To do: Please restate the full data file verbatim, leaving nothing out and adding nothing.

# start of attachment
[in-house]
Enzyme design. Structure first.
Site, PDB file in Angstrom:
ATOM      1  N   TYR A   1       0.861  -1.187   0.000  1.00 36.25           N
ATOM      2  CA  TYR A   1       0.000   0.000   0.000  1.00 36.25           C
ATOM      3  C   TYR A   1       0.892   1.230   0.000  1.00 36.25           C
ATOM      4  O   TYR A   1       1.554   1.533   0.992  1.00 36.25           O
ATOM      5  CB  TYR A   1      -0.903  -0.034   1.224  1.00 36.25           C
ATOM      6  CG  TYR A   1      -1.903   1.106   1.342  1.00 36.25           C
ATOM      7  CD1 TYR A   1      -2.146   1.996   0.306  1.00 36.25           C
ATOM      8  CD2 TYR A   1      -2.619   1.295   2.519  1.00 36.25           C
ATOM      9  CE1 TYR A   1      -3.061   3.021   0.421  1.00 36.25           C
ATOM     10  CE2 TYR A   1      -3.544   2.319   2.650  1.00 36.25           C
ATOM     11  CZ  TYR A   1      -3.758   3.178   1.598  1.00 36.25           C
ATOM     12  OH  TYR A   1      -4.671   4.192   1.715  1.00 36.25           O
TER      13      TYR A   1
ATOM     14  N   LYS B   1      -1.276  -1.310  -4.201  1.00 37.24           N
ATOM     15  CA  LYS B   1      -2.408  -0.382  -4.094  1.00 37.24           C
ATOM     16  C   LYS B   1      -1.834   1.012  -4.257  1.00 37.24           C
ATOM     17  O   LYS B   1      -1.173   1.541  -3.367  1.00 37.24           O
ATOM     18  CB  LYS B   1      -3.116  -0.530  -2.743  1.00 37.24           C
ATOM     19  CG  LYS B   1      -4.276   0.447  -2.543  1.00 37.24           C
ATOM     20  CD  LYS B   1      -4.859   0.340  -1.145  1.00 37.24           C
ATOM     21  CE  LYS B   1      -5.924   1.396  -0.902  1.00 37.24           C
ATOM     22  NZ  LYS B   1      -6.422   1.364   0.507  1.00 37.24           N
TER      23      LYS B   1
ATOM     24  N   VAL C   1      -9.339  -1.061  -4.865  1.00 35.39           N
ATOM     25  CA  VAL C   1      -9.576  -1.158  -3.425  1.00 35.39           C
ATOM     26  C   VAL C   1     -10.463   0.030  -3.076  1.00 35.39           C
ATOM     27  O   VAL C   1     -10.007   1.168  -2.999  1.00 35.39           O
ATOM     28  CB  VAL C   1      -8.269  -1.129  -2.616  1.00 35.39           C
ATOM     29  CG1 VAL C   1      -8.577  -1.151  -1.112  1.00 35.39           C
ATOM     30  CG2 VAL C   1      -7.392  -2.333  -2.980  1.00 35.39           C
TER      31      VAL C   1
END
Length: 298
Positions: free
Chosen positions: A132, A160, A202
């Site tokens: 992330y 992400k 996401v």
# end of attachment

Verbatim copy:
[in-house]
Enzyme design. Structure first.
Site, PDB file in Angstrom:
ATOM      1  N   TYR A   1       0.861  -1.187   0.000  1.00 36.25           N
ATOM      2  CA  TYR A   1       0.000   0.000   0.000  1.00 36.25           C
ATOM      3  C   TYR A   1       0.892   1.230   0.000  1.00 36.25           C
ATOM      4  O   TYR A   1       1.554   1.533   0.992  1.00 36.25           O
ATOM      5  CB  TYR A   1      -0.903  -0.034   1.224  1.00 36.25           C
ATOM      6  CG  TYR A   1      -1.903   1.106   1.342  1.00 36.25           C
ATOM      7  CD1 TYR A   1      -2.146   1.996   0.306  1.00 36.25           C
ATOM      8  CD2 TYR A   1      -2.619   1.295   2.519  1.00 36.25           C
ATOM      9  CE1 TYR A   1      -3.061   3.021   0.421  1.00 36.25           C
ATOM     10  CE2 TYR A   1      -3.544   2.319   2.650  1.00 36.25           C
ATOM     11  CZ  TYR A   1      -3.758   3.178   1.598  1.00 36.25           C
ATOM     12  OH  TYR A   1      -4.671   4.192   1.715  1.00 36.25           O
TER      13      TYR A   1
ATOM     14  N   LYS B   1      -1.276  -1.310  -4.201  1.00 37.24           N
ATOM     15  CA  LYS B   1      -2.408  -0.382  -4.094  1.00 37.24           C
ATOM     16  C   LYS B   1      -1.834   1.012  -4.257  1.00 37.24           C
ATOM     17  O   LYS B   1      -1.173   1.541  -3.367  1.00 37.24           O
ATOM     18  CB  LYS B   1      -3.116  -0.530  -2.743  1.00 37.24           C
ATOM     19  CG  LYS B   1      -4.276   0.447  -2.543  1.00 37.24           C
ATOM     20  CD  LYS B   1      -4.859   0.340  -1.145  1.00 37.24           C
ATOM     21  CE  LYS B   1      -5.924   1.396  -0.902  1.00 37.24           C
ATOM     22  NZ  LYS B   1      -6.422   1.364   0.507  1.00 37.24           N
TER      23      LYS B   1
ATOM     24  N   VAL C   1      -9.339  -1.061  -4.865  1.00 35.39           N
ATOM     25  CA  VAL C   1      -9.576  -1.158  -3.425  1.00 35.39           C
ATOM     26  C   VAL C   1     -10.463   0.030  -3.076  1.00 35.39           C
ATOM     27  O   VAL C   1     -10.007   1.168  -2.999  1.00 35.39           O
ATOM     28  CB  VAL C   1      -8.269  -1.129  -2.616  1.00 35.39           C
ATOM     29  CG1 VAL C   1      -8.577  -1.151  -1.112  1.00 35.39           C
ATOM     30  CG2 VAL C   1      -7.392  -2.333  -2.980  1.00 35.39           C
TER      31      VAL C   1
END
Length: 298
Positions: free
Chosen positions: A132, A160, A202
């Site tokens: 992330y 992400k 996401v």